Daily News Editor’s Memo: ‘Not Going To Pretend That Jere’s Departure Will Make Us Stronger’

daily_news_choke.jpgA memo from the desk of Daily News editor Martin Dunn regarding Jere Hester‘s departure:

Daily News Memo

As you all know by now, Jere Hester has left The News. We wish him well. His departure — and the impending move of John Oswald back to the national desk — has led to the following changes on the City Desk:

1. Two people will share Jere’s duties: Morning City Editor Kirsten Danis and Night City Editor Greg Gittrich. They bring a wealth of talent to their positions, and we look forward to their expanded roles at the paper.
2. Kirsten will no longer awaken at the break of dawn — or if she does, it will be her children’s doing, not The News’. The new morning assignment editor will be Sal Arena, who is no stranger to the job and its many demands. Under his direction, The News has scored many front-page exclusives. He will continue to supervise the courthouse reporters, and will be the first and perhaps most crucial link in the City Desk’s chain of command.
3. With John Oswald‘s impending departure, we are pleased to promote Joanne Wasserman to Deputy Metro Editor. Joanne has shown an innate ability to come up with interesting, water-cooler-type stories that permeate the Brooklyn section, making that the model that all other sections aspire to. Stories from her section often fill the front of the book, and our expectation is that she will continue to do so from W. 33rd St. She also will take over the education and transit beats, both critical cogs in our coverage.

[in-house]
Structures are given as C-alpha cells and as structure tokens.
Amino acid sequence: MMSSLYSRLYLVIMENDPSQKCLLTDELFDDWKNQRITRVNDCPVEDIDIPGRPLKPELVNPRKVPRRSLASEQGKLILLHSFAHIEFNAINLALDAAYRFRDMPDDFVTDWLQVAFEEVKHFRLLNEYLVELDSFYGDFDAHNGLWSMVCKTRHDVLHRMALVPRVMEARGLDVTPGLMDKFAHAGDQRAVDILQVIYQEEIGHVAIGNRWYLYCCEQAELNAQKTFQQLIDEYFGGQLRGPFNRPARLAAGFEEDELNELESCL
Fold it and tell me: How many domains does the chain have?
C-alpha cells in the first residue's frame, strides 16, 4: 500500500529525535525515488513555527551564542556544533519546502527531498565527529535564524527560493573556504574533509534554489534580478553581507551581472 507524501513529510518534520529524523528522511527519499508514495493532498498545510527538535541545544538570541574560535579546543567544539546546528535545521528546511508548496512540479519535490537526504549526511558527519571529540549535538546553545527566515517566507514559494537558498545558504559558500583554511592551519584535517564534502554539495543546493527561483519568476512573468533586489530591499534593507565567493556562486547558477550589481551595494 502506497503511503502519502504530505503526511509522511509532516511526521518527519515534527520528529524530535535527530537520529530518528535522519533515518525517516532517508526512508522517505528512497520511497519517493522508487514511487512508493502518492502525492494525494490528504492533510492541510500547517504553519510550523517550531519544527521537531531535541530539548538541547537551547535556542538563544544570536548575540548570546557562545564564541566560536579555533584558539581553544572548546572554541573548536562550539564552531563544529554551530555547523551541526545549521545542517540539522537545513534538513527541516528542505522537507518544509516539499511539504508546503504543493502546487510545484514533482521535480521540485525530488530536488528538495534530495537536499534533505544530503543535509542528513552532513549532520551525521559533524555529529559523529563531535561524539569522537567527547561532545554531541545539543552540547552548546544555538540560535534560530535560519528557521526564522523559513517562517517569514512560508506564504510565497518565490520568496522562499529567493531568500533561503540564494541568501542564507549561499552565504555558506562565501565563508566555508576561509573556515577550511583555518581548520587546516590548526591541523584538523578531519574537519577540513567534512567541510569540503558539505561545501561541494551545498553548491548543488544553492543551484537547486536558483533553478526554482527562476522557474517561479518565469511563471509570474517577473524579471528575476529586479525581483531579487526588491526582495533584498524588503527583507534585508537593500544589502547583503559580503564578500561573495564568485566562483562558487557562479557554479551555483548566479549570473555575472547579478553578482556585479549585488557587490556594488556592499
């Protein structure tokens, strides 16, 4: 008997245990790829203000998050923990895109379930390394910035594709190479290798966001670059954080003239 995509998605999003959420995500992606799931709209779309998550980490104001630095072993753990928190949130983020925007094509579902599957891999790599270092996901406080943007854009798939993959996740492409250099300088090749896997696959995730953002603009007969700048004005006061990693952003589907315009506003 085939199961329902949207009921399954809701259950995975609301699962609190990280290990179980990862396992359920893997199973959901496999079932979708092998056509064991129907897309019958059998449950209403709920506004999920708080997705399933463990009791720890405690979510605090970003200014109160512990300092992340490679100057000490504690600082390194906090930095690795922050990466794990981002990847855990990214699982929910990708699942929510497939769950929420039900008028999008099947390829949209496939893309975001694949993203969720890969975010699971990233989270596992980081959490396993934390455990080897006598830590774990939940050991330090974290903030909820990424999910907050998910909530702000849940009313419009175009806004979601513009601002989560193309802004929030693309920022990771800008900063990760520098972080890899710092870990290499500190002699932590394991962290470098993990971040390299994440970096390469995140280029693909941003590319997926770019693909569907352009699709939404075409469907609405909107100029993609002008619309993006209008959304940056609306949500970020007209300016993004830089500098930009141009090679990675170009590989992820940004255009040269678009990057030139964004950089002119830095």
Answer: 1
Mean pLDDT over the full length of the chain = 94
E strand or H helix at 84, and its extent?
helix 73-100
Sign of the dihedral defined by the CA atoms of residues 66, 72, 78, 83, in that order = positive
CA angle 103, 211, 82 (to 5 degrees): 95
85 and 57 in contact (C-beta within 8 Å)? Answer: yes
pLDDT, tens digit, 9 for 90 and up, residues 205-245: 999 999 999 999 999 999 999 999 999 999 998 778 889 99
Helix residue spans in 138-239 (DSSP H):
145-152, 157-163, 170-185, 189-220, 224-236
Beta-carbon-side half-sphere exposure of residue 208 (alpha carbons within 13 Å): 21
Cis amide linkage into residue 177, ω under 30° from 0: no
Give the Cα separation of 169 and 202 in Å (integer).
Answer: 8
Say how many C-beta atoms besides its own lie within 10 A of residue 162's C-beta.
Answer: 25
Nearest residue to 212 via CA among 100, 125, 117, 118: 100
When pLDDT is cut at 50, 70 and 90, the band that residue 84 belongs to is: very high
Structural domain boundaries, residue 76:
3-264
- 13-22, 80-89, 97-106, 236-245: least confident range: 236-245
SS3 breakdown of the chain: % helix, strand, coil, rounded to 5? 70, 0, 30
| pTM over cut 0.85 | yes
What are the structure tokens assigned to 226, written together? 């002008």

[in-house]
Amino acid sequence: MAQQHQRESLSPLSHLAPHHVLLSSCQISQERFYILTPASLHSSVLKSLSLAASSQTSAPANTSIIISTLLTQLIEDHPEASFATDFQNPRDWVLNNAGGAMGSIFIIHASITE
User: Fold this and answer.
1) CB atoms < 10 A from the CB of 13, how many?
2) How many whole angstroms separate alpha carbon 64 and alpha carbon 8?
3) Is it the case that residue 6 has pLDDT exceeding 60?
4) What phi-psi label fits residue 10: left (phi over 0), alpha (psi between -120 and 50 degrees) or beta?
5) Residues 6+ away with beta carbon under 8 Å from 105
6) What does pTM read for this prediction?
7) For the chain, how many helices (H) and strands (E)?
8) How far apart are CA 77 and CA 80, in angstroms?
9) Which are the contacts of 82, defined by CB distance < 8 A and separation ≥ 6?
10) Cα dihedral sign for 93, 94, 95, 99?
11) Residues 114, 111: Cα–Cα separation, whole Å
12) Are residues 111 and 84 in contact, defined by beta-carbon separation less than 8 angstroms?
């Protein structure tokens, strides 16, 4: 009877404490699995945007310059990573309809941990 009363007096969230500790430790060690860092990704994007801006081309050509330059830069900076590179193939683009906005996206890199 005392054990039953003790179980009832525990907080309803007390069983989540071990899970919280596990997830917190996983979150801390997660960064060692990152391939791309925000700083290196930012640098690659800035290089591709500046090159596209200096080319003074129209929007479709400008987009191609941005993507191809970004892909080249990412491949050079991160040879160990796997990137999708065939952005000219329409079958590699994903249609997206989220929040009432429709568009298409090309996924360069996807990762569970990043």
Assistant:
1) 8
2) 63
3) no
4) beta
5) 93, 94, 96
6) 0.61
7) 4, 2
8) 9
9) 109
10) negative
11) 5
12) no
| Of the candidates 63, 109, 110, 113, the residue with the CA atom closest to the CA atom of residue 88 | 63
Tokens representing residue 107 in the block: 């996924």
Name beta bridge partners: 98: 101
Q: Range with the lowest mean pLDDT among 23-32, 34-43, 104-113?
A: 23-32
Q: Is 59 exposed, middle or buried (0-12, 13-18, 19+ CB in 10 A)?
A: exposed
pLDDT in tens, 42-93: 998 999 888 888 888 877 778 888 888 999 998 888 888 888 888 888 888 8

4. Another important piece of the puzzle lies slightly below the City Desk in the person of Corky Siemaszko, who will become The News’ Rewrite Chief. Corky will take an active role in tracking a half-dozen or so stories earlier in the day, offering guidance and advice to reporters — serving as a de facto writing coach. He also will act in a capacity befitting his title — rewriting a major City Desk story a day.
5. Joanne’s departure from Brooklyn obviously creates an opening that we are proud to fill with Paul Shin, a trusted reporter who has covered education, health and numerous aspects of our post-9/11 coverage. We expect Paul, who lives in Brooklyn, to continue the first-rate coverage that our Brooklyn readers have become accustomed to.

I am not going to pretend that Jere’s departure will make us stronger. Yet sometimes change can be the catalyst for progress. Let’s work to make that the case.

Dean